Abundance, one would think would awaken a like abundance in the heart, a kind of overflowing joy. And so it does. But it can't hide the struggle and the fear of the poor getting ever poorer; one can't help think of the biblical passage 'to those who have shall more be given, and to those who have not, even what they have will be taken away.'
But it isn't only the world economic situation that is the problem. There seems to be a certain kind of person who needs to take away the little that the poor have, and there seem to be certain kinds of personalities who may or may not be destitute who threaten such people in a way that they seem to attract perpetual dispossession. They are somehow not equated with other human beings: single women suffer from this a lot, but there are men, too. It's another one of those moral conundrums that baffle me.
The dean of a major cathedral that shall remain unnamed once invited me to speak. He paid all his other speakers in the series but for some reason he was bound and determined he was not going to pay me. All of the other speakers were doing very well, thank you; the dean had a fat salary and a beautiful house. But I in my poverty and impermanence was to have nothing.
I had arranged to stay gratis in a retreat house in the city and suddenly realized by intuition that the dean was planning to use his muscle to change my reservation and force me to stay with him and his wife so I would be "obliged" to speak. My phone call to the retreat house telling them under no circumstances to let anyone change my reservation, not even the dean of the cathedral, beat his by thirty seconds, I was later told.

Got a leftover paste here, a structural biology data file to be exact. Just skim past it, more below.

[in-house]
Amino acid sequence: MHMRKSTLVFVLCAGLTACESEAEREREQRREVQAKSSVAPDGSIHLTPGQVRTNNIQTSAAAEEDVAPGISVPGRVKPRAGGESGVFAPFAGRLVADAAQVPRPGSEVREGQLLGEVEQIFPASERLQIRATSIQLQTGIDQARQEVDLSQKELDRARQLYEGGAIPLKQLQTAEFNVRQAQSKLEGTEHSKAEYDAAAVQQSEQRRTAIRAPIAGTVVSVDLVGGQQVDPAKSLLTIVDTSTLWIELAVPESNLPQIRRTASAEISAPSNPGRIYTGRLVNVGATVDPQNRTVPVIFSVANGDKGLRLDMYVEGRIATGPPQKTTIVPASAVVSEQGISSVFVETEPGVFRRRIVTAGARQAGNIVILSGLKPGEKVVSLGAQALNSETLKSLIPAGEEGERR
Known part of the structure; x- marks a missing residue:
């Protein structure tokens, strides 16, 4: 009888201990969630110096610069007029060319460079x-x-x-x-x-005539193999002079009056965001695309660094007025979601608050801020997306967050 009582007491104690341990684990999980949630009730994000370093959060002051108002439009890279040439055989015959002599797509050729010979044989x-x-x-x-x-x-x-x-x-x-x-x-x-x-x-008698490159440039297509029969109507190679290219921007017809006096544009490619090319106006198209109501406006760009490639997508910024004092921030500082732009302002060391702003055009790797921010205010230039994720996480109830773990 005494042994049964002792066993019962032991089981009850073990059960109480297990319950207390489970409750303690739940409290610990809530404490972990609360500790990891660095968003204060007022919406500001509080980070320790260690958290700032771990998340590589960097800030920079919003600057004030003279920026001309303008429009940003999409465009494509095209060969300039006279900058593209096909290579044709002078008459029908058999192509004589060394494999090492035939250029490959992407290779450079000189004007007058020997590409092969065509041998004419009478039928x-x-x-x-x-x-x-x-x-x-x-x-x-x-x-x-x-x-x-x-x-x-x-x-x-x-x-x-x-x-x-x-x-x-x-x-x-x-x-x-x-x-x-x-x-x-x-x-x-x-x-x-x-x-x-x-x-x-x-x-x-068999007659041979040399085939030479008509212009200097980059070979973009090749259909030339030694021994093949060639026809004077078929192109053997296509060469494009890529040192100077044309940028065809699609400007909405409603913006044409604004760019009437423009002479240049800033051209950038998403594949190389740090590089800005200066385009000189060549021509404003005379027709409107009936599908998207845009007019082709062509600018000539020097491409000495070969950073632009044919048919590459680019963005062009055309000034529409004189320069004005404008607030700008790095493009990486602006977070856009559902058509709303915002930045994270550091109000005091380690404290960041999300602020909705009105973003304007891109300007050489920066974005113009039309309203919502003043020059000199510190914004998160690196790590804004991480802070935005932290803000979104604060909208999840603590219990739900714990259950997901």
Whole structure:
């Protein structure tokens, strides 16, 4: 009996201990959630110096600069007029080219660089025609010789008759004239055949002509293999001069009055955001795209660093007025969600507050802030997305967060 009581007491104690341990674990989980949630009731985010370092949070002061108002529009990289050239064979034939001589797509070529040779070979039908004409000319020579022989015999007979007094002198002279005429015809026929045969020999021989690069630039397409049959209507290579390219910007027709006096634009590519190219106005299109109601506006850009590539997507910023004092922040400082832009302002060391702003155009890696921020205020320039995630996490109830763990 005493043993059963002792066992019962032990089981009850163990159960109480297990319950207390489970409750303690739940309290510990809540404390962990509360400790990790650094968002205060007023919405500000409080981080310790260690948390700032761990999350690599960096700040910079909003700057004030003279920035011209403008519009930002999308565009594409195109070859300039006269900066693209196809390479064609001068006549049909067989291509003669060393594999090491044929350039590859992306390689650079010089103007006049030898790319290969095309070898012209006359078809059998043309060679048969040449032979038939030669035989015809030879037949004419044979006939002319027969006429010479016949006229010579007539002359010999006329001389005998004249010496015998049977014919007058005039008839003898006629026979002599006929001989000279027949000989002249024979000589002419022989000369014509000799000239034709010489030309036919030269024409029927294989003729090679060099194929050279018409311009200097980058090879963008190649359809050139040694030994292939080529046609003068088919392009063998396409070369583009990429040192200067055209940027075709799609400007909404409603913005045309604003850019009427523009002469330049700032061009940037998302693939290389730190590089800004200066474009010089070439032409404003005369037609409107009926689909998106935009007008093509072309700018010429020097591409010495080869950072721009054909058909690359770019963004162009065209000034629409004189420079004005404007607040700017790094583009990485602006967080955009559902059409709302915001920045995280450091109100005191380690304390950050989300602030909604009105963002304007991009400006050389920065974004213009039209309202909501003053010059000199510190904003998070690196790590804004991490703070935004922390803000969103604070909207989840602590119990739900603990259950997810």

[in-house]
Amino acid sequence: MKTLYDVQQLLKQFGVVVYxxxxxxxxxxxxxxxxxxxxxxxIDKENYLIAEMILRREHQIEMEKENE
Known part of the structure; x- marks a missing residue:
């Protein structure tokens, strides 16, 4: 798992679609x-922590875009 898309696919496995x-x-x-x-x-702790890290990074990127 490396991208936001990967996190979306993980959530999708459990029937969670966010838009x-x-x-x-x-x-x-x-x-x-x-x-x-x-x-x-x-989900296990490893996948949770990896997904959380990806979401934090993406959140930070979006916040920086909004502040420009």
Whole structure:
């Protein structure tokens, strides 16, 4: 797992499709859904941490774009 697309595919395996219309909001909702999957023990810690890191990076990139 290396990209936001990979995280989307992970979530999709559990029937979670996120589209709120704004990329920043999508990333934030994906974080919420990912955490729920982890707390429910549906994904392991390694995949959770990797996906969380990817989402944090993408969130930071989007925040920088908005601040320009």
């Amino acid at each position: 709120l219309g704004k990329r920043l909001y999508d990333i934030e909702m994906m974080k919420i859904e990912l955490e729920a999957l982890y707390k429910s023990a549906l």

I was so angry to be exploited like this that I stood firm: no money, no talk. In his self-delusion the dean evidently thought I wouldn't dare stand him up, or pass up the chance to speak in a cathedral, but stand him up I did. I had never agreed to do the talk, but in his arrogance and contempt he had gone ahead and scheduled and advertised it.
I was sorry to disappoint people—it's the only talk I have ever missed—but then I never agreed to it in the first place. And while I realise the exposure might have been good, experience proves that exposure rarely leads to follow-up, survival cash. Instead, one gets a reputation as an easy mark.
What motivates the sort of person like the Dean that they are determined to keep others down and out? Though they themselves are rolling in dough, they are adamant that those who have something to say but are not part of the system should be exploited? Why would it have hurt Mr Moneybags to financially compensate me for the information and presentation he evidently badly wanted for his cathedral? Again, I could use some help with this.